But old Devil’s Peak wasn’t as high as a Munro was it? Well it was and is. At almost exactly 1000m it passes the 3000 ft qualifying height by nearly 300 ft.
The wildlife, flying, crawling, scampering or just salivating, camouflaged themselves and with each chirp, whistle, growl or threatening silence they sniggered at my prospects. The previously beautiful multi-coloured songsters became brooding mocking vultures.
“Here’s another one” they cackled “Look at him. He’s finished. He should feed us for a year. Ha ha hah!!!”
The doubts over my conquest of acrophobia came back with a ripping vengeance. The wind started shouting at me, the rustle of the bushes came at me from all directions whip-lashing my neck as I searched for the unseen and probably non-existent threat that lurked in my mind.
But what was as real as the rain was the mud on my hands, the numbness in my fingers, the pain in my knees and ankles, the tiredness in my spirit and the sudden prospect of the darkness of the cold cloud descending as I ascended and the inevitable conjunction of sightless eyes with impenetrable greyness.
I looked back down past my aches and pains to the incomprehensible sight of Cape Town spotlighted in a sun break in the far away clouds and then it was gone, the route back was gone, and all that was left was silence, cold, the return of fear and the ingrained memory of how I had never given in to it before.
A chimney through the rock appeared in front of me and as I clambered knees and back wedged in its narrowness to its exit, a wind cleared the clouds for a second and the sharp deliverance of trunks, branches and stalagmites called to me from the valley below. The cloud cover came back and I looked heavenwards.
I could make out some hand and foot grabs; I looked back down and could make out nothing. Up I went and found myself in a place that I had never known before; a place that I couldn’t stay and one that I couldn’t go back down from.
This was fear; a contemptuous fear. It mocked my past, it scorned my present and sneered at my future ……..or lack of it……
You know the rest.
“Rilithithithi, who gives a f***” ………………………………and then the deluge broke from the last hand grab and ‘I flew backwards spluttering and swallowing the cataract, plunging into the mountain’s halo of mist and mystery towards……..somewhere!’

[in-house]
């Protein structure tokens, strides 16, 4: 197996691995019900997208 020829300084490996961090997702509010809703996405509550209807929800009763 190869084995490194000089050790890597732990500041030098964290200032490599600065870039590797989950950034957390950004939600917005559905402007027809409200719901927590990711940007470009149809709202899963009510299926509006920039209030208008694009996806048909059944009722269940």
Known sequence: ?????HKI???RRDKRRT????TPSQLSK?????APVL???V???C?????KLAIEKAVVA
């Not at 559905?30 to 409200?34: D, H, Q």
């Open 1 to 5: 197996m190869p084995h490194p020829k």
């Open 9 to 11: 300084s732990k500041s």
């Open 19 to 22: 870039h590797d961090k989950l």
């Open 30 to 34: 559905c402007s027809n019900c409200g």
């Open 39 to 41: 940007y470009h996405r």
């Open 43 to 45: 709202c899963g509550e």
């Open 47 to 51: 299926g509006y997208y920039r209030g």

I probably fell no more than thirty feet wedging in the chimney in V formation, jammed by my back pack of camera and Celtic towel, my knees level with my face. I knew it was only another thirty feet to the bottom of the chimney and with a heave of my calves I freed my upper body and made the next stop with bloodied hands, face and pride where the final straight had started. I checked that my camera was ok.
I knew I was going no further up, and as I looked around at first dispiritedly, I cheered up when I realised that the fear had gone again, blown up with the clouds as the sun shone through another gap on the downward trail. I looked up but the mist above clung still to the summit and the rain from its midst fell unrelenting, turning the mountainside into one huge cascade of water and rubble.
I followed it (or it washed me) downwards, tumbling, sliding and as the water cleansed away blood and mud, the birds and creatures of the undergrowth reappeared and made themselves heard, this time cheerfully welcoming my return and applauding my survival.
Mind you they still thought I was an erse!
The car park approached like an oasis and there was Moses. He was still grinning.
“Your God was looking after you” he said “you didn’t stick to the trail did you man?” it wasn’t really a question.
“Feck off, you never beat me, you’re just a fallen angel, a wee feart fallen angel condemned to your own hell of misery. I found you and I beat you”.
Moses seemed to know what I was talking about.
I made my way back into town and pondered ‘Bill Mitchell was right after all. I’ll check the weather before my next attempt at scaling Devil’s Peak.”
“One day” I thought “I might even write – the idiot’s guide to mountain climbing”.
So I did and this is it!